The improvement in virological outcome in patients receiving tenofovir/emtricitabine + efavirenz was maintained throughout 96 weeks, thus showing that the responses previously reported at 48 weeks are durable. It is important to note that the durable virologic outcomes were driven not only by less virological failure in the tenofovir/emtricitabine + efavirenz arm, but also by less toxicity than that experienced by patients in the zidovudine/lamivudine + efavirenz arm. In individuals who did experience virologic failure, the development of resistance was less common with the tenofovir/emtricitabine backbone, particularly development of the M184V/I mutation.
In addition to improved virologic outcomes, the tenofovir/emtricitabine backbone was associated with little toxicity. In this study, no patient developed even grade 1 abnormal creatinine levels. However, the potential for reduction of glomerular filtration rates suggests that clinicians should continue to screen for renal abnormalities and perform long-term follow-up in patients receiving tenofovir. No results were presented for bone mineral density or lipid changes, although at 48 weeks, favorable changes in cholesterol levels were observed among patients on tenofovir/emtricitabine + efavirenz.
Lipodystrophy is a significant concern with antiretroviral treatment and is clearly associated with the use of thymidine analogs. Findings from Study 934 add to the data that zidovudine, in addition to stavudine (d4T, Zerit), is associated with this toxicity.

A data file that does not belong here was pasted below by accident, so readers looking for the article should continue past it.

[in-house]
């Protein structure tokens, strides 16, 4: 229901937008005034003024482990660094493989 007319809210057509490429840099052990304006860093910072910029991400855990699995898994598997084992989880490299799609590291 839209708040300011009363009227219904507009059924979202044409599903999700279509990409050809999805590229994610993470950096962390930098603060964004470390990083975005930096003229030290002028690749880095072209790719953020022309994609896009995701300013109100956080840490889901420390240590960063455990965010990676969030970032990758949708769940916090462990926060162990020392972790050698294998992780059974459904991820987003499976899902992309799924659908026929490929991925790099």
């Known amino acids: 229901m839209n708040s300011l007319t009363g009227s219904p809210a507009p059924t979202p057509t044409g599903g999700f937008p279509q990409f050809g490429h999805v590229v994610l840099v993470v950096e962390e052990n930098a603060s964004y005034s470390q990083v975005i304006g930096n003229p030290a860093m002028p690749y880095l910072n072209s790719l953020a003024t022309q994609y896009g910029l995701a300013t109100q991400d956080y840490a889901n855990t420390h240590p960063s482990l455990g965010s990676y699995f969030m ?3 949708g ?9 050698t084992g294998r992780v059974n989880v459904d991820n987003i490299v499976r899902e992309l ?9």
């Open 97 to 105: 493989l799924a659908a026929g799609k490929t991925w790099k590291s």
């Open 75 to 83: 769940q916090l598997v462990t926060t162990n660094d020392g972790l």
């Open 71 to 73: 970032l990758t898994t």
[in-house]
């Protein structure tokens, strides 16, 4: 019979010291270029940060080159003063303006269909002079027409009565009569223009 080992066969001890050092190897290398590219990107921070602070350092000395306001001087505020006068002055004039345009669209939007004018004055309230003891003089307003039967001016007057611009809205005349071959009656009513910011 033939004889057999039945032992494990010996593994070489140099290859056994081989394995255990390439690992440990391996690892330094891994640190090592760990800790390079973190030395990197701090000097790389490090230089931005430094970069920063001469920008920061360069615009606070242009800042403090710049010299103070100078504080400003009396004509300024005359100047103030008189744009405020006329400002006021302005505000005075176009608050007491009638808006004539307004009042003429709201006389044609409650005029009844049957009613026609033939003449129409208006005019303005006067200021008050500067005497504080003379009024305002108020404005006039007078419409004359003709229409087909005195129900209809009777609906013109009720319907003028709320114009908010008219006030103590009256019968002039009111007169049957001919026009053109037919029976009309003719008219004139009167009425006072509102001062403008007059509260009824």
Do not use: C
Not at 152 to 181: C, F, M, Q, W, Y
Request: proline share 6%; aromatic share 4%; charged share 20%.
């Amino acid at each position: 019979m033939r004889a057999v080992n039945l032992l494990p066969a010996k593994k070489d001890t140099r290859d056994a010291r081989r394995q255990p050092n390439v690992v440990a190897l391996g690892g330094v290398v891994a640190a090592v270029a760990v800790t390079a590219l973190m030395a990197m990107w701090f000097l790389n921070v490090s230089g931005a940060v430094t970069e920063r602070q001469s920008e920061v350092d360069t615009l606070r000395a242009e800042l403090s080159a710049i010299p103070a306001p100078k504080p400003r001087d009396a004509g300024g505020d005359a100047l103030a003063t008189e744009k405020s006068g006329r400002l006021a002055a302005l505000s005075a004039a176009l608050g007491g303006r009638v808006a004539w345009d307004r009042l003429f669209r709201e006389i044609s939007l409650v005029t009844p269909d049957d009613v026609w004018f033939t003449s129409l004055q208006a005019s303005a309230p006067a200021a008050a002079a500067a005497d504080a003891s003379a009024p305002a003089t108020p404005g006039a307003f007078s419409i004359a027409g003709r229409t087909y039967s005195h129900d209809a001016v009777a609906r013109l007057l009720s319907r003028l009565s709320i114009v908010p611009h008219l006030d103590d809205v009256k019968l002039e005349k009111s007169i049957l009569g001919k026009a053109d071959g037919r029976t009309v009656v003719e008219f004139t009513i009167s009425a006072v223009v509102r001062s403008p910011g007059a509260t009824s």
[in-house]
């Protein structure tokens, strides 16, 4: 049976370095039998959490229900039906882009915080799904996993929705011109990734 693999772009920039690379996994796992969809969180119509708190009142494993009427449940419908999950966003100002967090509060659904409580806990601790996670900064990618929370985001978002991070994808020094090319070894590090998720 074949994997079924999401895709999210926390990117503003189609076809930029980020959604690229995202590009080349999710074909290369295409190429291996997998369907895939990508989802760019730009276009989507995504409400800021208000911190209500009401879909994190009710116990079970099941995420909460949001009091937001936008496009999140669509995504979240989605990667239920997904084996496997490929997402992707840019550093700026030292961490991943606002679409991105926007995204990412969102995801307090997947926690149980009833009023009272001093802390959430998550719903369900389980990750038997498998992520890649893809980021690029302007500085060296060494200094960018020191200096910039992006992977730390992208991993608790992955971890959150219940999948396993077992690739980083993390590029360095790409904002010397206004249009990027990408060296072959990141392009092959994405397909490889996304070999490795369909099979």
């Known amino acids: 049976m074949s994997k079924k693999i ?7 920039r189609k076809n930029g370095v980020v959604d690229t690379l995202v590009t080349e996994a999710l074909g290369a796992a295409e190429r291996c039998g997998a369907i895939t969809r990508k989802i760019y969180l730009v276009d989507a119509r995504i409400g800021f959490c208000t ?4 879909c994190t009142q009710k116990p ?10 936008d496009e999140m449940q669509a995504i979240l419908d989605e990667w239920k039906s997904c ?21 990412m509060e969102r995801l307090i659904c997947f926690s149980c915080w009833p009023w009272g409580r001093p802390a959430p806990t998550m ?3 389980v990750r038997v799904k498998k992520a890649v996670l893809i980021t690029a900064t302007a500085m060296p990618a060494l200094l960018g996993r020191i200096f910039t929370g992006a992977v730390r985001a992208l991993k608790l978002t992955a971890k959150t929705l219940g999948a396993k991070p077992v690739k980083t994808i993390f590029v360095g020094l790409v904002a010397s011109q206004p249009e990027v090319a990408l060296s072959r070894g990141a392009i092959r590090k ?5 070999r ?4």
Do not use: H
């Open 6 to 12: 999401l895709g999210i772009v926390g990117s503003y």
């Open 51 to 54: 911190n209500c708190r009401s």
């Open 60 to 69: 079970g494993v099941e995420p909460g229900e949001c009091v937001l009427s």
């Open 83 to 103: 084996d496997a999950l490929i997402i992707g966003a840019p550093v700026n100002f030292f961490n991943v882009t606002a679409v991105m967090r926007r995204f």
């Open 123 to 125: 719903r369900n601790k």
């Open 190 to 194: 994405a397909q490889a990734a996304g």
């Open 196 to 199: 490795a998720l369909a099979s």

So what do these findings mean for the treating clinician? Certainly, there seems to be no reason to continue to use zidovudine/lamivudine as the preferred NRTI backbone in treatment-naive patients; tenofovir/emtricitabine seems to be a more effective and less toxic combination. Moreover, tenofovir/emtricitabine can be dosed once daily and in a combined tenofovir/emtricitabine/efavirenz (TDF/FTC/EFV, Atripla) tablet. Pharmacokinetic data presented at the meeting showed that the triple-drug tablet has an identical pharmacokinetic profile to those of the individual agents.4
In addition, the data on the possible development of lipodystrophy with zidovudine/lamivudine-containing regimens and the stability in limb fat observed with the tenofovir/emtricitabine backbone suggest that individuals on zidovudine/lamivudine with virologically controlled HIV should consider switching to a regimen containing a non-thymidine analog, either tenofovir or abacavir (ABC, Ziagen).
|Please note: Knowledge about HIV changes rapidly. Note the date of this summary's publication, and before treating patients or employing any therapies described in these materials, verify all information independently. If you are a patient, please consult a doctor or other medical professional before acting on any of the information presented in this summary. For a complete listing of our most recent conference coverage, click here.|